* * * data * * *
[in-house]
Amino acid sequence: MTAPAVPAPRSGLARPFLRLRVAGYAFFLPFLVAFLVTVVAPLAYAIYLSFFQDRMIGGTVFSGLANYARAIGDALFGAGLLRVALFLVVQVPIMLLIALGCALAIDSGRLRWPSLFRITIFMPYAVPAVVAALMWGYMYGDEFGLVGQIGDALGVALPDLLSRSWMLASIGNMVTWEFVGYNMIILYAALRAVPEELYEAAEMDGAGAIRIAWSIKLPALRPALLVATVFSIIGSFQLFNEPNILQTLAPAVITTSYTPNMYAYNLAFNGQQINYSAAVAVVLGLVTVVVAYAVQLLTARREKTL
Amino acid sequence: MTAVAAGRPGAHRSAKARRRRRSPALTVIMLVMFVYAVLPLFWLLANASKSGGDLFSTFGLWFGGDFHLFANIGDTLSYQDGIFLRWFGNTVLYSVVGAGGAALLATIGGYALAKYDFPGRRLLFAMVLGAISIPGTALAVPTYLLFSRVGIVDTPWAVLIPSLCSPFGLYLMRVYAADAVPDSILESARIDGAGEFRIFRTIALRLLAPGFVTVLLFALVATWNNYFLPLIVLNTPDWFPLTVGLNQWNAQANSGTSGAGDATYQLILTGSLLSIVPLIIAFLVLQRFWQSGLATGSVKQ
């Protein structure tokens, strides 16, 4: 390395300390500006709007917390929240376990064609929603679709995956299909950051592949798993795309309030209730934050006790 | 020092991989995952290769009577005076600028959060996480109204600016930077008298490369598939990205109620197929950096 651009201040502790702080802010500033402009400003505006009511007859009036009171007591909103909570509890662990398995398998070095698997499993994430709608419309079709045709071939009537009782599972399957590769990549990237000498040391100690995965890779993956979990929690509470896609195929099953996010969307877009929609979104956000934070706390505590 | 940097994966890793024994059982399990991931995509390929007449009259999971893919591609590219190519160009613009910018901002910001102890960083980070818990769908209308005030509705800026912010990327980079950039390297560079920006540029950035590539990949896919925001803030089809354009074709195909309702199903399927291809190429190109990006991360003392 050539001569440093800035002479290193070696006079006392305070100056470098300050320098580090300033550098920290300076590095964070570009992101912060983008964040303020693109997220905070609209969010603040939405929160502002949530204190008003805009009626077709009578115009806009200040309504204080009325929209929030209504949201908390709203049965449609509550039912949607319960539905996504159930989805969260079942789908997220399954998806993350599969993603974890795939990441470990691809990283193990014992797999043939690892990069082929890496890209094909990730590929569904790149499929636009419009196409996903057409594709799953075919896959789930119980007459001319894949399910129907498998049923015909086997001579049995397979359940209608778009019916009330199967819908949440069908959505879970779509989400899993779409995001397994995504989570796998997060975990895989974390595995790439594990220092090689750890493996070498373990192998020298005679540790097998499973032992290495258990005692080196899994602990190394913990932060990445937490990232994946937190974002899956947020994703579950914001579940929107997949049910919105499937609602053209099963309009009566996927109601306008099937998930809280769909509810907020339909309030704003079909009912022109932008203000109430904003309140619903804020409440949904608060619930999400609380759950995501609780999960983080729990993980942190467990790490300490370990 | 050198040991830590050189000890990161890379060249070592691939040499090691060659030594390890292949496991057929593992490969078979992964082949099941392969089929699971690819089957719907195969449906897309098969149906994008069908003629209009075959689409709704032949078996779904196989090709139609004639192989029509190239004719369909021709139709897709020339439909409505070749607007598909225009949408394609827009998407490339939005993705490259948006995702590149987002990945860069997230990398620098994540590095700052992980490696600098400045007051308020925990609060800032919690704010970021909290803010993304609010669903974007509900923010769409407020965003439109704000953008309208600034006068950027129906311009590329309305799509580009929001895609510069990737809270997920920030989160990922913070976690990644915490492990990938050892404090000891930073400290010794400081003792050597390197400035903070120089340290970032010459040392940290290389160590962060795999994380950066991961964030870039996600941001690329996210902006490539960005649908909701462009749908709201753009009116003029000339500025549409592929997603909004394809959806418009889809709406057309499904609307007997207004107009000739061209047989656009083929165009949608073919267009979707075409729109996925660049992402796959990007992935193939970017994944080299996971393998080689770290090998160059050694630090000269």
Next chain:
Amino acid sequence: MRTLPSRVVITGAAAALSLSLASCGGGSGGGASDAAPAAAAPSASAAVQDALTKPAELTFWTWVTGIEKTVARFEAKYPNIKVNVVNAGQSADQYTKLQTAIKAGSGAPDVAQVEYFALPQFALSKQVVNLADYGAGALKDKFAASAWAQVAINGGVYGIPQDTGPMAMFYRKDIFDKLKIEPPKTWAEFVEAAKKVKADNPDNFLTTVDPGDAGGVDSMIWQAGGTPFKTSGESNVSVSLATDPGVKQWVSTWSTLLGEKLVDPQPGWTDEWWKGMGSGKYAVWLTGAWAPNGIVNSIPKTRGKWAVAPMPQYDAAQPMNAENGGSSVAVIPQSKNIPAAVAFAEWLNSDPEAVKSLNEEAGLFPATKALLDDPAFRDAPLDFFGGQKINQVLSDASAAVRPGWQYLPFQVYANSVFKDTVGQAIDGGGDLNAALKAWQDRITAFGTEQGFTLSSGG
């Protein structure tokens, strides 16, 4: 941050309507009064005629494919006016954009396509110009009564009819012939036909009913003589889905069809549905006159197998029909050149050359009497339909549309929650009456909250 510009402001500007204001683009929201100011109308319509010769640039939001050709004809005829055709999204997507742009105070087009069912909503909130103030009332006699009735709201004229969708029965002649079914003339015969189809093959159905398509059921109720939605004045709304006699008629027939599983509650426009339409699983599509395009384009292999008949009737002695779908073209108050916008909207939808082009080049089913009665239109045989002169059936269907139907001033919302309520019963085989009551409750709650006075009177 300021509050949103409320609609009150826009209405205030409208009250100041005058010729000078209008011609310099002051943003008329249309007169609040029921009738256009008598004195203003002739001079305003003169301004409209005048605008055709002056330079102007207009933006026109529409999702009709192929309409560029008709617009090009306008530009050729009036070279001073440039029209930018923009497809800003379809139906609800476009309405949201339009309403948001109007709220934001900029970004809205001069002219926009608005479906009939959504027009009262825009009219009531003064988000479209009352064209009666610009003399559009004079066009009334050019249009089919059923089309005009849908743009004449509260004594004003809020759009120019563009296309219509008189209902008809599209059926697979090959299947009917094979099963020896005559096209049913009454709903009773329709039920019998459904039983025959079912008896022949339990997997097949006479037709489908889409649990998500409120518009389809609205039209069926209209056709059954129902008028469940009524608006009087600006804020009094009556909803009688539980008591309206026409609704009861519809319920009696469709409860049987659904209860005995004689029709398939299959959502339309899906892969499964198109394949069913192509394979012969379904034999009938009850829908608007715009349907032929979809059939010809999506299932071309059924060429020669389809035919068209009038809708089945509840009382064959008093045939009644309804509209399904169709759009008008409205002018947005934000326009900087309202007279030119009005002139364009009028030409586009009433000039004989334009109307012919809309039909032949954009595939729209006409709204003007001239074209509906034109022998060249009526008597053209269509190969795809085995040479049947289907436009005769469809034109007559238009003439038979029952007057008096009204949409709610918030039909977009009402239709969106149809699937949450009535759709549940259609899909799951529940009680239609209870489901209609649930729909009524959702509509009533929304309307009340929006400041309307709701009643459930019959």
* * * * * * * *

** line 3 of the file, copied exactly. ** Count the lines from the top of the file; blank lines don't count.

Amino acid sequence: MTAVAAGRPGAHRSAKARRRRRSPALTVIMLVMFVYAVLPLFWLLANASKSGGDLFSTFGLWFGGDFHLFANIGDTLSYQDGIFLRWFGNTVLYSVVGAGGAALLATIGGYALAKYDFPGRRLLFAMVLGAISIPGTALAVPTYLLFSRVGIVDTPWAVLIPSLCSPFGLYLMRVYAADAVPDSILESARIDGAGEFRIFRTIALRLLAPGFVTVLLFALVATWNNYFLPLIVLNTPDWFPLTVGLNQWNAQANSGTSGAGDATYQLILTGSLLSIVPLIIAFLVLQRFWQSGLATGSVKQ